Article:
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I want a dog. I have since I could say the word dawg.

And I’m a responsible working adult. I have my own place (rented with a roomie) and I have some moolah to play with.

But, I know I’m too busy. Here’s the thing – I work 8 hours a day, and this doesn’t include travel time. I like going out with my friends on weekends and playing rec sports on Wednesday nights. Some days I’m able to sneak home for lunch hour, but that’s only if work isn’t crazy. Plus, when there’s a big deadline sometimes I have to stay at the office late or work on my laptop from home.

Tinder’s lame & I’m still single, but I have this one guy on the go.

I want a dog still, so what do I do? I’m lonely and know there are so many dogs that NEED a great home. Won’t the dog be ok to sleep while I’m at work? Do I need to feed it midday?



I feel stressed out writing this. It’s so much pressure on one person to be responsible for another living creature above and beyond herself. Let’s say these thoughts are happening in Jaunary post-Christmas maximum social time?

You want a dog but the weather is poop – it’s cold and snowy, or rainy if you’re living in the Pacific Northwest. Plus, there’s the arduous task of leashing up a dog to go out in the pouring rain & if they’re a pitty-mix they’re dodging you because they don’t like getting water in their ears.


Heading down the road of worst-case scenarios, what if the dog goes destructo-mode when it’s left alone?

Many dogs in the rescue system have had lame experiences with people in the past. The possibilities are endless and since we can’t reason with them verbally. It’s a time-intensive process of gaining trust through proof of concept for dogs to be ok with a daily routine. We don’t make it any easier when the main source of food, companionship and safety leaves for 8 hours a day.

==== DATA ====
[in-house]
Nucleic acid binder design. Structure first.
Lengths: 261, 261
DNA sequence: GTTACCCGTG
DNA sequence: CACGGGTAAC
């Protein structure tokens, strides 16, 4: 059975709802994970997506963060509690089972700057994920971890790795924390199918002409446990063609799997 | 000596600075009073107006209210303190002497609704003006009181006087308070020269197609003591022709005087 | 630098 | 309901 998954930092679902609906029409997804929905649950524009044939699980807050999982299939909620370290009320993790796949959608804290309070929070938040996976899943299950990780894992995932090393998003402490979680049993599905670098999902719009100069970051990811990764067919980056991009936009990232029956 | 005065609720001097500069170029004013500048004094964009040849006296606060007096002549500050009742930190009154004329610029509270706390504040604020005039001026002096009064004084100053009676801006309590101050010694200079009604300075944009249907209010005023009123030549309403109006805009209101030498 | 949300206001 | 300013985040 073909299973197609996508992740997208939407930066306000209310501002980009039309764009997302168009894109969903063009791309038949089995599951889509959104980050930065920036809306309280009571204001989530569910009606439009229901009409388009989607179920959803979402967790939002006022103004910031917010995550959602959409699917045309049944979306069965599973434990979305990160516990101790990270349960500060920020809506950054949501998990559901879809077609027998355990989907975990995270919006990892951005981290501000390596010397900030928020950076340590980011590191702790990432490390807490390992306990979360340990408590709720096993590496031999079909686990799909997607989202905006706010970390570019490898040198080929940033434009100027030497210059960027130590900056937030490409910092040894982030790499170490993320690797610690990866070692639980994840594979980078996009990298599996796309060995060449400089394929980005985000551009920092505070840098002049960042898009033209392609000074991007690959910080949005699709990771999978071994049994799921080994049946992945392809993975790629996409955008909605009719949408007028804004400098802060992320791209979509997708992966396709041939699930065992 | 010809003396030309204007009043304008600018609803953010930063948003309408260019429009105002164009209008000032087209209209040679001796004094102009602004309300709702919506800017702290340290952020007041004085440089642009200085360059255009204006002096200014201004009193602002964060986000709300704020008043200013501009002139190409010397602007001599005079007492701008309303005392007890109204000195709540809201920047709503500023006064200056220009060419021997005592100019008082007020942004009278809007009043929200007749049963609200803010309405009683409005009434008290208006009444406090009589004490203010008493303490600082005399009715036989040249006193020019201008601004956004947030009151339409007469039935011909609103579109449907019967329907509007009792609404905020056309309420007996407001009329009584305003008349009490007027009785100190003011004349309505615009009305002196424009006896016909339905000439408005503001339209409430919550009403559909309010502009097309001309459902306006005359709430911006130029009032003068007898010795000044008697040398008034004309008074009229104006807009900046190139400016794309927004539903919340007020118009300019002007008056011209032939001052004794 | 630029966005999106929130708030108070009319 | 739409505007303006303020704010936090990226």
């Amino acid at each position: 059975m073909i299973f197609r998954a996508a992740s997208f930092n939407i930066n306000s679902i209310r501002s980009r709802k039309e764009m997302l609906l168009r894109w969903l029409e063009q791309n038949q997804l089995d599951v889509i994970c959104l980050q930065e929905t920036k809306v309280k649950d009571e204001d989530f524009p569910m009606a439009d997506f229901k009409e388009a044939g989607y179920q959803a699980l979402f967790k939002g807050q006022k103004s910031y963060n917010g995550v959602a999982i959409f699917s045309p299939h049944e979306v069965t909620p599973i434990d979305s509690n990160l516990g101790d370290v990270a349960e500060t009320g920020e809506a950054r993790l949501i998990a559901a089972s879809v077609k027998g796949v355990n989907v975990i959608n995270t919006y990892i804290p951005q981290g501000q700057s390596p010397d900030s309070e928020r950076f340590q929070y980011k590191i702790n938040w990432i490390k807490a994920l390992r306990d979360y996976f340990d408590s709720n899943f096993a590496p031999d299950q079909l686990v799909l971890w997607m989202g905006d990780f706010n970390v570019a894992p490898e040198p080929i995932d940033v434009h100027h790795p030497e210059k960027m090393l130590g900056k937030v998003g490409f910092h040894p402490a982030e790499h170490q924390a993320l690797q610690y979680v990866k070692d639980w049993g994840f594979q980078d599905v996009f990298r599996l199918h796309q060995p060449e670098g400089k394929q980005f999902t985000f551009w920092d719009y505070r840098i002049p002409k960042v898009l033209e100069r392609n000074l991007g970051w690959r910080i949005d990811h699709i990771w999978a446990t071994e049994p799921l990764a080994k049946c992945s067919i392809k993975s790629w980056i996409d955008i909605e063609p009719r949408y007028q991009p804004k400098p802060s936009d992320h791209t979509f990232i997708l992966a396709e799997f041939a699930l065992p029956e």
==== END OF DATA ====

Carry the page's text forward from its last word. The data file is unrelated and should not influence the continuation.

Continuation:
This means testing a few methods until you find a couple that work for you:

  • gradual departures
  • mental stimulation
  • small breaks
  • checking in throughout the day to make sure the dog hasn’t eaten (or humped!!) the couch and hasn’t left you a Hershey’s Kiss as a token for leaving them alone for a half a day

The rationale people use when adopting a puppy is that they can structure the dogs’s behaviour from the get-go.

Yes, this is true to a point.
Except when you realize you cannot influence natural behaviours. You cannot expect a puppy to behave 100% of the time and you cannot expect things to be perfect all of the time. Real life is messy & so is learning how to care for a dog to the best of your ability.
Options for satisfying your desire for companionship without throwing your life as you know it down the toilet:
  1. Make plans to hike with a friend and her dog. Offer to towel off the dog after it runs through mud.
  2. Visit your local animal shelter and sign up to volunteer.
  3. Volunteer in fundraising efforts along with a rescue you like. We offered to volunteer at an event we would have otherwise bought tickets to, and guess what? We got to run the poopy – sorry – puppy pit. Obsessive folks swept in and would hang on to these 10 week old puppies for as long as they could. I’m pretty sure some would have snuck them out in their purse if we hadn’t been watching like hawks.
  4. Foster FIRST. Read more about this here.
  5. Offer your home as an overnight or temporary place for regular fosters to have their dogs go when they head out on short vacations or get away for a weekend.
What we’ve seen first-hand is people who want a dog dive into pet ownership with the best intentions, thinking of the animal first.

Then life takes over and the well-being of the dog suffers. Not fair & super stressful for both of you.

Let’s encourage helping with intention, trial & error before committing to a dog for keeps. That way, when you do find the dog you want to be your co-pilot you know it’s when you’re good & ready.
Making life better for you and your furry bud.
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